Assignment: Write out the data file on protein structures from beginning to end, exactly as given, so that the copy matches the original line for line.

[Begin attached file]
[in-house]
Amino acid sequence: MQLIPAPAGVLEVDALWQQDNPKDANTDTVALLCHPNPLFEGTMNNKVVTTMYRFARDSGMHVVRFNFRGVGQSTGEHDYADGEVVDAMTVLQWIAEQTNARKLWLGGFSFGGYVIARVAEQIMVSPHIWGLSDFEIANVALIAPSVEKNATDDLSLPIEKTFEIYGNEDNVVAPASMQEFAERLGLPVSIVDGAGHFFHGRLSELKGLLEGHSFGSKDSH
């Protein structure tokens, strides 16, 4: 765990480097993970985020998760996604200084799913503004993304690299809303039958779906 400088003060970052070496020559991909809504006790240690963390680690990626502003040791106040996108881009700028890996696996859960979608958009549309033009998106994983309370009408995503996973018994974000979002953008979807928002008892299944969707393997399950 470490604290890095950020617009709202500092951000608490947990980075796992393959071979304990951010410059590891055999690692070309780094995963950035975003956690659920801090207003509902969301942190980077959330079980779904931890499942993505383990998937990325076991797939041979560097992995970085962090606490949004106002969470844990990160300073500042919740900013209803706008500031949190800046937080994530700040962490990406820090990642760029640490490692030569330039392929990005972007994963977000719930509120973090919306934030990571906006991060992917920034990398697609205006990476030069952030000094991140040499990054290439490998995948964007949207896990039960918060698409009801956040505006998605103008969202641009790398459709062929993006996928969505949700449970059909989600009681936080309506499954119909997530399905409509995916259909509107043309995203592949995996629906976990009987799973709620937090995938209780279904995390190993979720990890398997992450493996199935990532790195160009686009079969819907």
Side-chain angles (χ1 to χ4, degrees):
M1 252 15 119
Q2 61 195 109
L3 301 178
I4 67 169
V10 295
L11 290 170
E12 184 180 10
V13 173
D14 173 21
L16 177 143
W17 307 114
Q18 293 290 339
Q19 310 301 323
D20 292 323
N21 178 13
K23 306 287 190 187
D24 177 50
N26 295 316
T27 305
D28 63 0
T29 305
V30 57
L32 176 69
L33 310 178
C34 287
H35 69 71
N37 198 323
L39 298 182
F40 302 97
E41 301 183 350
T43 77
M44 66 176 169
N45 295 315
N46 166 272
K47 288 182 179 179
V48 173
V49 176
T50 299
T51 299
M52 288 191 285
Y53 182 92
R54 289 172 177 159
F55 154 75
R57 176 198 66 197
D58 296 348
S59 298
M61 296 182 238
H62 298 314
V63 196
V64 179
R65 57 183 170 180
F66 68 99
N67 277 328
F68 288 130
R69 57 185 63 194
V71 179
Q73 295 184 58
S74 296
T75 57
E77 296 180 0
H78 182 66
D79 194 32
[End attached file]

[in-house]
Amino acid sequence: MQLIPAPAGVLEVDALWQQDNPKDANTDTVALLCHPNPLFEGTMNNKVVTTMYRFARDSGMHVVRFNFRGVGQSTGEHDYADGEVVDAMTVLQWIAEQTNARKLWLGGFSFGGYVIARVAEQIMVSPHIWGLSDFEIANVALIAPSVEKNATDDLSLPIEKTFEIYGNEDNVVAPASMQEFAERLGLPVSIVDGAGHFFHGRLSELKGLLEGHSFGSKDSH
């Protein structure tokens, strides 16, 4: 765990480097993970985020998760996604200084799913503004993304690299809303039958779906 400088003060970052070496020559991909809504006790240690963390680690990626502003040791106040996108881009700028890996696996859960979608958009549309033009998106994983309370009408995503996973018994974000979002953008979807928002008892299944969707393997399950 470490604290890095950020617009709202500092951000608490947990980075796992393959071979304990951010410059590891055999690692070309780094995963950035975003956690659920801090207003509902969301942190980077959330079980779904931890499942993505383990998937990325076991797939041979560097992995970085962090606490949004106002969470844990990160300073500042919740900013209803706008500031949190800046937080994530700040962490990406820090990642760029640490490692030569330039392929990005972007994963977000719930509120973090919306934030990571906006991060992917920034990398697609205006990476030069952030000094991140040499990054290439490998995948964007949207896990039960918060698409009801956040505006998605103008969202641009790398459709062929993006996928969505949700449970059909989600009681936080309506499954119909997530399905409509995916259909509107043309995203592949995996629906976990009987799973709620937090995938209780279904995390190993979720990890398997992450493996199935990532790195160009686009079969819907």
Side-chain angles (χ1 to χ4, degrees):
M1 252 15 119
Q2 61 195 109
L3 301 178
I4 67 169
V10 295
L11 290 170
E12 184 180 10
V13 173
D14 173 21
L16 177 143
W17 307 114
Q18 293 290 339
Q19 310 301 323
D20 292 323
N21 178 13
K23 306 287 190 187
D24 177 50
N26 295 316
T27 305
D28 63 0
T29 305
V30 57
L32 176 69
L33 310 178
C34 287
H35 69 71
N37 198 323
L39 298 182
F40 302 97
E41 301 183 350
T43 77
M44 66 176 169
N45 295 315
N46 166 272
K47 288 182 179 179
V48 173
V49 176
T50 299
T51 299
M52 288 191 285
Y53 182 92
R54 289 172 177 159
F55 154 75
R57 176 198 66 197
D58 296 348
S59 298
M61 296 182 238
H62 298 314
V63 196
V64 179
R65 57 183 170 180
F66 68 99
N67 277 328
F68 288 130
R69 57 185 63 194
V71 179
Q73 295 184 58
S74 296
T75 57
E77 296 180 0
H78 182 66
D79 194 32